African First Ladies discuss 5-year strategic plan

First Lady, Mrs. Akufo-Addo (4th from right) in a group photo with her counterparts

Ghana’s First Lady, Mrs. Rebecca Akufo-Addo has met counterparts from across Africa to further discussions on their contribution to the health and well-being of children, the youth and women on the continent.

The meeting which happened on the fringes of the 73rd United Nations General Assembly (UNGA) currently underway at the UN Headquarters in New York, also discussed the 2019 to 2023 strategic plan for the Organisation of African First Ladies against AIDS.

Members deliberated on key issues including HIV, cancer, child marriage. They also discussed the adoption of a strategic plan with seven broad areas which the first ladies could work towards.

The focus areas in the document included HIV&AIDS, Non-communicable Diseases (NCDs), Reproductive, Maternal, New-born and Child Health (RMNCH), Gender equality, Women and Youth Empowerment, Universal Health Coverage (UHC), Social Security and Protection and Institutional Capacity Strengthening.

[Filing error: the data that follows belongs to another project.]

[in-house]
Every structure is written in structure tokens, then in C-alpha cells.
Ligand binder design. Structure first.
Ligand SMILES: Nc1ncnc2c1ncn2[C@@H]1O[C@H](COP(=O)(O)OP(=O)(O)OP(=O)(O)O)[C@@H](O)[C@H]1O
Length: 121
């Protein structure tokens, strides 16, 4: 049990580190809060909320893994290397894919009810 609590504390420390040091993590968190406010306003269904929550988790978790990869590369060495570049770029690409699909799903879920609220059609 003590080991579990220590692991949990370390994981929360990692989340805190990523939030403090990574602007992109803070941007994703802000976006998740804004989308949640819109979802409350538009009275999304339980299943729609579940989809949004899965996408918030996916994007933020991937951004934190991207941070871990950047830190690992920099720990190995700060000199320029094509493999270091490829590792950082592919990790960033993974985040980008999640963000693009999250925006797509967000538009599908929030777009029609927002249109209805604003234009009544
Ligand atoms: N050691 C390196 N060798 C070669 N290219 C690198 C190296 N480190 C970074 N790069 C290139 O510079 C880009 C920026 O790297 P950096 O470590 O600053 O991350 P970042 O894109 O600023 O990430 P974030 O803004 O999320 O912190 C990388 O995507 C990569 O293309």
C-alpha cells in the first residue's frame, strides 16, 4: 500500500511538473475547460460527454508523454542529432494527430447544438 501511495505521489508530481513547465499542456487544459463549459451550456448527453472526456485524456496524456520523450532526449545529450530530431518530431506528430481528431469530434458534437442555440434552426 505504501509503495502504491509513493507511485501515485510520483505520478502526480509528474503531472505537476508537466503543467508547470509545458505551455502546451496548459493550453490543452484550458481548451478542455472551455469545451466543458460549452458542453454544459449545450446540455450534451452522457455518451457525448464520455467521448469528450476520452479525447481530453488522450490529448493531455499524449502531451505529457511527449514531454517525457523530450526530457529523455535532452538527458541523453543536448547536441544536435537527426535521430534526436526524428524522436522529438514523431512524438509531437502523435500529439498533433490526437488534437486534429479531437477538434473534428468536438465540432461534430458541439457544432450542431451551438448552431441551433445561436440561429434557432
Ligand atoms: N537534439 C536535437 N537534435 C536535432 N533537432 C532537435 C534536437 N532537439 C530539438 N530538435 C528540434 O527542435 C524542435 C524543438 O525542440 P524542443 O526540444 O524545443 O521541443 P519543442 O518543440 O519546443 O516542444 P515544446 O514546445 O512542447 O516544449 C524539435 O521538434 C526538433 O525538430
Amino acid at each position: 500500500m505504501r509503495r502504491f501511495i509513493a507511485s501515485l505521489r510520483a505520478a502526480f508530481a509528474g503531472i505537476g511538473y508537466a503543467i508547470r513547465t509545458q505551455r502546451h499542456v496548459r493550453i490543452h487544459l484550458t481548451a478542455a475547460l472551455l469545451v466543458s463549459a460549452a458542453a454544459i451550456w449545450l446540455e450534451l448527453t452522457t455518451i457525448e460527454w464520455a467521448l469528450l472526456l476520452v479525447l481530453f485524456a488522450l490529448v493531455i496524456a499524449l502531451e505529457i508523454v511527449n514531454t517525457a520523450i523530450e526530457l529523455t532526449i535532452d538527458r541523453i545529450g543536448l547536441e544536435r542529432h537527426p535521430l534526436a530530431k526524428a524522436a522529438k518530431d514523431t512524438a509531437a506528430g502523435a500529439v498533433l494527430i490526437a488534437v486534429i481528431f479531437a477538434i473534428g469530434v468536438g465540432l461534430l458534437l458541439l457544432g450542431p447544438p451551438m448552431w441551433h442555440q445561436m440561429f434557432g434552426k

The First Ladies collectively agreed that, for easy evaluation of each member’s contributions, the areas captured in the document should be narrowed to four.

According to Madam Sika Bella Kabore, First Lady of Burkina Faso, and Acting President of OAFLA, the discussion would enable the organization to adopt a workable document which all the first ladies could work with.

“With a vision for a developed Africa with healthy and empowered children, youth and women, the document has the goal of making a significant contribution to the health and well-being of children, youth and women in Africa.” She said.

In attendance were Ghana’s First Lady, Mrs. Rebecca Akufo-Addo, Mrs. Kabore of Burkina Faso, First ladies from Sierra Leone, Zimbabwe, Nigeria, Lesotho, Uganda, Madagascar, Congo, Burundi and Ethiopia.

The Organization of African First Ladies against HIV/AIDS seeks to contribute to the national effort in preventing, managing and eliminating HIV and AIDS.

In line with the work of the Rebecca Foundation, it also contributes to the national effort towards reducing maternal and infant mortality.